Ashlee Sierra

On March 5, 2024, Google released two updates, one involving changes to multiple core systems and the other redefining the identification of helpful content. This includes a refreshed look at spam policies — a list that’s already expansive.

Google says the core update is more complex than others, tweaking multiple systems — particularly those that determine how your content shows up in search results. Rollouts may take up to a month, but Google has some recommendations and guidance for content creators in the meantime.

What’s Changing?

Here’s a quick look at the latest Google updates:

Core Ranking Systems

Google states that it has “enhanced” its core ranking systems to show more helpful results. It says there’s no longer a single system responsible for this key task; instead, there’s an interwoven structure of “innovative signals and approaches” that favor people-first content. 

Spam Policies

Google’s spam policies are designed to help those ranking systems do their job, identifying content that wasn’t created with real people in mind. This kind of spam complicates the landscape in a few ways. It:

  • Clutters search results with low-quality, sales-first content that frustrates users.
  • Attempts to exploit or manipulate search algorithms, undermining the rules that everyone else is playing by.
  • Creates more competition for content that’s genuinely valuable.

Google says its spam policy updates are based on practices that have become more popular lately:

Expired Domain Abuse

If you purchase an expired domain name and repurpose it to host low-quality and/or unrelated information, you’re guilty of “expired domain abuse.” People do this to manipulate search engine rankings, in contrast to legitimate domain repurposing.

Scaled Content Abuse

When creators pump out tons of pages built to be valuable to algorithms instead of people, the result is an influx of unoriginal, low-value content that clutters the digital environment. As Google points out, this most recent update isn’t a rule against “sophisticated scaled content creation methods” that may use AI or automation; it’s just a way for the algorithm to get smarter about what is and isn’t considered abusing the system.

Site Reputation Abuse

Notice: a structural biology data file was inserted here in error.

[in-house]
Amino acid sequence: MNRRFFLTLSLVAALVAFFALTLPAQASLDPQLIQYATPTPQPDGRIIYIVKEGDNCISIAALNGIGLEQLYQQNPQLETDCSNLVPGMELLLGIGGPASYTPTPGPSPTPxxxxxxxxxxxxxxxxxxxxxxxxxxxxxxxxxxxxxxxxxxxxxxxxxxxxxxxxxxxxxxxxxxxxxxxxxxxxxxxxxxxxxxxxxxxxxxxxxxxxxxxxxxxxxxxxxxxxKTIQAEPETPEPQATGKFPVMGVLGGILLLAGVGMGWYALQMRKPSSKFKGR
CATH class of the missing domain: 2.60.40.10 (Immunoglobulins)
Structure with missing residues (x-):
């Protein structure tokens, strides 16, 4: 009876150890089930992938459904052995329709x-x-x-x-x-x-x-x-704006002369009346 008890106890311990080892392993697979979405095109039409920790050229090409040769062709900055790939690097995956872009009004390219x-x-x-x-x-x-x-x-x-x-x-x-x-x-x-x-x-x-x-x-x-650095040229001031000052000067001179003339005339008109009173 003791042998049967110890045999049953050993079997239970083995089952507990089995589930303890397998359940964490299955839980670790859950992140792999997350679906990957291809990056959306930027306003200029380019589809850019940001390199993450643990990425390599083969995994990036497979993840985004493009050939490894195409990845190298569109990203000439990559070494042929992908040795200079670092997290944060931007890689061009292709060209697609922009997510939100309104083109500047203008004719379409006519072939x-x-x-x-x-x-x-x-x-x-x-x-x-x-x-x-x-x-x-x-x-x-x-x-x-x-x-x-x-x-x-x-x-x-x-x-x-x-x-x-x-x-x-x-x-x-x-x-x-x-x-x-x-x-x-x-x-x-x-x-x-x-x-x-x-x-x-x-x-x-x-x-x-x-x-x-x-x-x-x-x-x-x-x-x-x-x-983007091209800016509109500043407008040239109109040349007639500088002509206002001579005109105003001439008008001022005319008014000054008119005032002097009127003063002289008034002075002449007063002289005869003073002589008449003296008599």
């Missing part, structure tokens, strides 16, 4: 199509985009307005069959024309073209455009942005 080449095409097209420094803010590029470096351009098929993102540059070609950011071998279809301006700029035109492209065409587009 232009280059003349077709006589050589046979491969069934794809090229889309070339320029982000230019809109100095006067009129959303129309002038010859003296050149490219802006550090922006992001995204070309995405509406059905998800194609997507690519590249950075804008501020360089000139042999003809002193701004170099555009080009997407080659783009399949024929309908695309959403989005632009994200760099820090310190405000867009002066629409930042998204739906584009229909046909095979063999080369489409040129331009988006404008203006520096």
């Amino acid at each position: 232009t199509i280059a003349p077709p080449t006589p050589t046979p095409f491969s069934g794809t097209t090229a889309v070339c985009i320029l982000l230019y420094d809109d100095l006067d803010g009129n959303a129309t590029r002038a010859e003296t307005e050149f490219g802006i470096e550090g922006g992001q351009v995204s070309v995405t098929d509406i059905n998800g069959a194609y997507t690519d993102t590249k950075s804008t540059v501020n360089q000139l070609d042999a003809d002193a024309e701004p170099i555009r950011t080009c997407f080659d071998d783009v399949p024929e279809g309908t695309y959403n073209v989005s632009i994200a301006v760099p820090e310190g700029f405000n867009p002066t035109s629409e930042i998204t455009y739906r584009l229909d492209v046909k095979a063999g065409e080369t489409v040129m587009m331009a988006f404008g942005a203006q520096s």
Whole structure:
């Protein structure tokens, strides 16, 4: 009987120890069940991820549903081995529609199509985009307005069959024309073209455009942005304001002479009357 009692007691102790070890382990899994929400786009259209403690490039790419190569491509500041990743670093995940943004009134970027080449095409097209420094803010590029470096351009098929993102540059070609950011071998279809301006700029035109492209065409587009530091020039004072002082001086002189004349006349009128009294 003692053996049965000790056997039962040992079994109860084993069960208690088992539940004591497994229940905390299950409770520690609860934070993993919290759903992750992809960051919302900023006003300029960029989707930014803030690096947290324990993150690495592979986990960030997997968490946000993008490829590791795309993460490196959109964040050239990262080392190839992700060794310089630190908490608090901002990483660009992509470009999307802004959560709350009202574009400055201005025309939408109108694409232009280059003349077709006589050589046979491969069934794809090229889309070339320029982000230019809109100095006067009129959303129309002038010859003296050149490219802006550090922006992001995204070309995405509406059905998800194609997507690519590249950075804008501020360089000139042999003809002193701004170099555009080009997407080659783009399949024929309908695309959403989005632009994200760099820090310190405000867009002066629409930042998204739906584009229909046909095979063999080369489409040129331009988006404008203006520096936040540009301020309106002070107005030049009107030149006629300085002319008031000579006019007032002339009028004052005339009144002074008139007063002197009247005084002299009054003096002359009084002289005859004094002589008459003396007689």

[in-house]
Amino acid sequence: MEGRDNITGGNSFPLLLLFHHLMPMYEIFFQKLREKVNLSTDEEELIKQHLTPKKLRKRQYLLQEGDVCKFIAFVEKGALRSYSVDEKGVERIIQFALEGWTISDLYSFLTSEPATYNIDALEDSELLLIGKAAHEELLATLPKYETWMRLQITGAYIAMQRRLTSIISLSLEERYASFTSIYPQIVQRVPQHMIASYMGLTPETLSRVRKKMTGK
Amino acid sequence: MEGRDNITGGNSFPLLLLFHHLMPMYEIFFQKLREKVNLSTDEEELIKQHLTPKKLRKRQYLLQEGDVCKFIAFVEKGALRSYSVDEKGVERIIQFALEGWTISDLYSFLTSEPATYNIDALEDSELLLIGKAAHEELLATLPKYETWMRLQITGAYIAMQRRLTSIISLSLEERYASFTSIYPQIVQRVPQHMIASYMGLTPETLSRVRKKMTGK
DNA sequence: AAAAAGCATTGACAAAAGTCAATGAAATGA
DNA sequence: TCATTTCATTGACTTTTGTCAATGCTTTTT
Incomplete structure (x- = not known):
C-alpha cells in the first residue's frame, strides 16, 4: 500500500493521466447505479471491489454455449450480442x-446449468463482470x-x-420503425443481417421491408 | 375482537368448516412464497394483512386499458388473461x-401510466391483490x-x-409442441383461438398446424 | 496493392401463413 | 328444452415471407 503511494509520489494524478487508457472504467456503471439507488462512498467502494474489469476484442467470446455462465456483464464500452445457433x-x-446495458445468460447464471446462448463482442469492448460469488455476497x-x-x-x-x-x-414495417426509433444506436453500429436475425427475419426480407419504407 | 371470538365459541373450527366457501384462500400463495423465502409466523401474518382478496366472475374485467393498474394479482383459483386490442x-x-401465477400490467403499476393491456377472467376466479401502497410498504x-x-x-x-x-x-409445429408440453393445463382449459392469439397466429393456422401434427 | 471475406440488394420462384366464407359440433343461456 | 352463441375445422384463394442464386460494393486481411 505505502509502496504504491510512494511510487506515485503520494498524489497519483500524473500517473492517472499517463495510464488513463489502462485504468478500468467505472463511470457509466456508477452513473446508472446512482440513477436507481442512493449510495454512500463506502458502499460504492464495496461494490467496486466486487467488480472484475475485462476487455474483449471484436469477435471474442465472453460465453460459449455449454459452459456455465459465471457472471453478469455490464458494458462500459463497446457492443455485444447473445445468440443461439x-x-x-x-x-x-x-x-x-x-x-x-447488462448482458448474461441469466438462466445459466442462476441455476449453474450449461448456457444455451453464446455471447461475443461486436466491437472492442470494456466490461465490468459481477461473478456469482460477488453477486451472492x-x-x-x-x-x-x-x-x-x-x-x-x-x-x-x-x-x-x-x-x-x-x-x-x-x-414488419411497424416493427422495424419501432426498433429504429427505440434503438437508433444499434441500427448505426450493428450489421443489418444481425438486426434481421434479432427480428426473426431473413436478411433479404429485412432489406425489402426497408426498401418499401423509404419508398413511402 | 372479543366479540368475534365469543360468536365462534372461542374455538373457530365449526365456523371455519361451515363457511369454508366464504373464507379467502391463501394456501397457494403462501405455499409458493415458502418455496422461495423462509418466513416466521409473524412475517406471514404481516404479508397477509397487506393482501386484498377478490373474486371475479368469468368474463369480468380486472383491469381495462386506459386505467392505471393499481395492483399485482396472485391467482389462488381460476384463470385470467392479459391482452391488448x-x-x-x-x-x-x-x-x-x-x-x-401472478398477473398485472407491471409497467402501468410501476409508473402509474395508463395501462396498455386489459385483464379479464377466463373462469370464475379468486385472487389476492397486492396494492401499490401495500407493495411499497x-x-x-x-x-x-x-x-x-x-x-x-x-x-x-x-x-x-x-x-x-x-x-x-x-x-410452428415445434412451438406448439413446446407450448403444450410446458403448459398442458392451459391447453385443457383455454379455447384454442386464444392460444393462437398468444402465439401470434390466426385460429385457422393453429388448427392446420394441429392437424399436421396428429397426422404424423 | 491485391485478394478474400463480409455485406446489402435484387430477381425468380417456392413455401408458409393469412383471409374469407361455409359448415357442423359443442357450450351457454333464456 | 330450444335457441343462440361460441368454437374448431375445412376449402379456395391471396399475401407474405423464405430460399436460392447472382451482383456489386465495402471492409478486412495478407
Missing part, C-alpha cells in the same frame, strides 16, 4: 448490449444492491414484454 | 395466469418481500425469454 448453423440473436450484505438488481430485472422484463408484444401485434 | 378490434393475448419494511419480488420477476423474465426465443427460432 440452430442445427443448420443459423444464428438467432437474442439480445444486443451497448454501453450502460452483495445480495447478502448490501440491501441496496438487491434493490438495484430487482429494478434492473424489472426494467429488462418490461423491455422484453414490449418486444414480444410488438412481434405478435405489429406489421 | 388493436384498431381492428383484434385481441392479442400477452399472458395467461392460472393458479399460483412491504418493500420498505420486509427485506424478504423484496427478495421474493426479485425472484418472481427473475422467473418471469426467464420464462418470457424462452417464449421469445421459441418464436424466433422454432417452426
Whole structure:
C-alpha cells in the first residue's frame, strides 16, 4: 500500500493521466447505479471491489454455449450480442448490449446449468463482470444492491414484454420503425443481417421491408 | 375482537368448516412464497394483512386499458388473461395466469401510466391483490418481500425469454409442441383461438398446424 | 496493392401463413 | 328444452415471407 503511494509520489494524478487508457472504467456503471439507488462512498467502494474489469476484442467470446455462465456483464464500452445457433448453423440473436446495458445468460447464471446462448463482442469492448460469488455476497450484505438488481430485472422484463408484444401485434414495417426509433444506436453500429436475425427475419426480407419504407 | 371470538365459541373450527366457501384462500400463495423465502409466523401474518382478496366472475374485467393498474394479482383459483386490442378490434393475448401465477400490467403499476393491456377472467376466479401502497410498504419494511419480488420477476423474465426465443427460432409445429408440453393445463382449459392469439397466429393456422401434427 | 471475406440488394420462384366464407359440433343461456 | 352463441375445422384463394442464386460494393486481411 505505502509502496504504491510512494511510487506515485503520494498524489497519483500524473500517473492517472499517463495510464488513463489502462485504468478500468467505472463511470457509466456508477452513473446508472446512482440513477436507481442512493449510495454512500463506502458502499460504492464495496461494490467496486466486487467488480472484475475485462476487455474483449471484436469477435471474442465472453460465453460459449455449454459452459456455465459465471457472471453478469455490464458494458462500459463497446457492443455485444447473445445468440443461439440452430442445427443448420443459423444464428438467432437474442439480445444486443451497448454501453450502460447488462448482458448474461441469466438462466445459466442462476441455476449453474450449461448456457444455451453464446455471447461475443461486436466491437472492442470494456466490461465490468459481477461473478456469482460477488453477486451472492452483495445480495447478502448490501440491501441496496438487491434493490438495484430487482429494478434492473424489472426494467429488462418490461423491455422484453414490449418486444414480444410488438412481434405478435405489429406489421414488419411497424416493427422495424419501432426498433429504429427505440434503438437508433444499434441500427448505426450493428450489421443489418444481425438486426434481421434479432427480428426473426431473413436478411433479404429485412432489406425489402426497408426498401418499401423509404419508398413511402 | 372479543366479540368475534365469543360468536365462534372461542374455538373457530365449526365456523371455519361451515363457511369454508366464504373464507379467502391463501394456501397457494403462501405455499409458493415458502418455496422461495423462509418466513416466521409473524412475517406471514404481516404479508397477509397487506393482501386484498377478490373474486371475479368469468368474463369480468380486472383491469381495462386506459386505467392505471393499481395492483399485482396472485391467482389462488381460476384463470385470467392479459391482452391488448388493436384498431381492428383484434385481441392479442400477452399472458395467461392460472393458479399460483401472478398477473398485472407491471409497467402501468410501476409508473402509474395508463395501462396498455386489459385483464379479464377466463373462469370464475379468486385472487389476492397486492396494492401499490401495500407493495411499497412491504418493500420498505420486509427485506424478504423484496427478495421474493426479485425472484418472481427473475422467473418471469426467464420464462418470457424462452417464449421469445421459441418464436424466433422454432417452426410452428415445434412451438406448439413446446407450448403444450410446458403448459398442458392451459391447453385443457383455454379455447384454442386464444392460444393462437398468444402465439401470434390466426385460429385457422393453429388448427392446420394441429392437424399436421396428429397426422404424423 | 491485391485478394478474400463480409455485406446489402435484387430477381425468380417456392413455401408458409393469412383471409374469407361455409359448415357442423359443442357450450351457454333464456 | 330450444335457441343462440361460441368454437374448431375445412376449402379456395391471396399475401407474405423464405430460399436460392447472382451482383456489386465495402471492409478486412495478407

According to Google, this practice occurs when third-party pages try to take advantage of a first-party site’s ranking signals. This can include sponsored, advertising or third-party pages. 

Because Google is mainly concerned with a lack of involvement from the host site, certain content is permissible under these rules. In some cases, well-intentioned content may still need to be blocked from Google Search to avoid triggering the spam policies. (Note that this update will take effect May 5, 2024 — that way, you have time to review and update your site where necessary.)

Need more details? Check out our clarification of these important updates.

What Does This Mean for Marketers?

Because the rollout process could take up to a month, you may notice more ranking fluctuations over time. Google says this is because things change “as different systems get fully updated and reinforce each other.” Keep an eye on the Google Search Status Dashboard to see when the rollout is complete and updates are in full effect. 

Beyond that, there’s no specific action you need to take — as long as your content is already designed to be helpful, relevant and valuable to users. If, however, you’ve inadvertently been leaning on one or more of the approaches now considered spam, you may need to develop new strategies for website content. Remember, Google is quick to emphasize “people-first” content in its update recaps, implying that this informs the search giant’s algorithms and ranking systems. 

To learn more about this and other Google updates, keep an eye on our regularly updated blog post.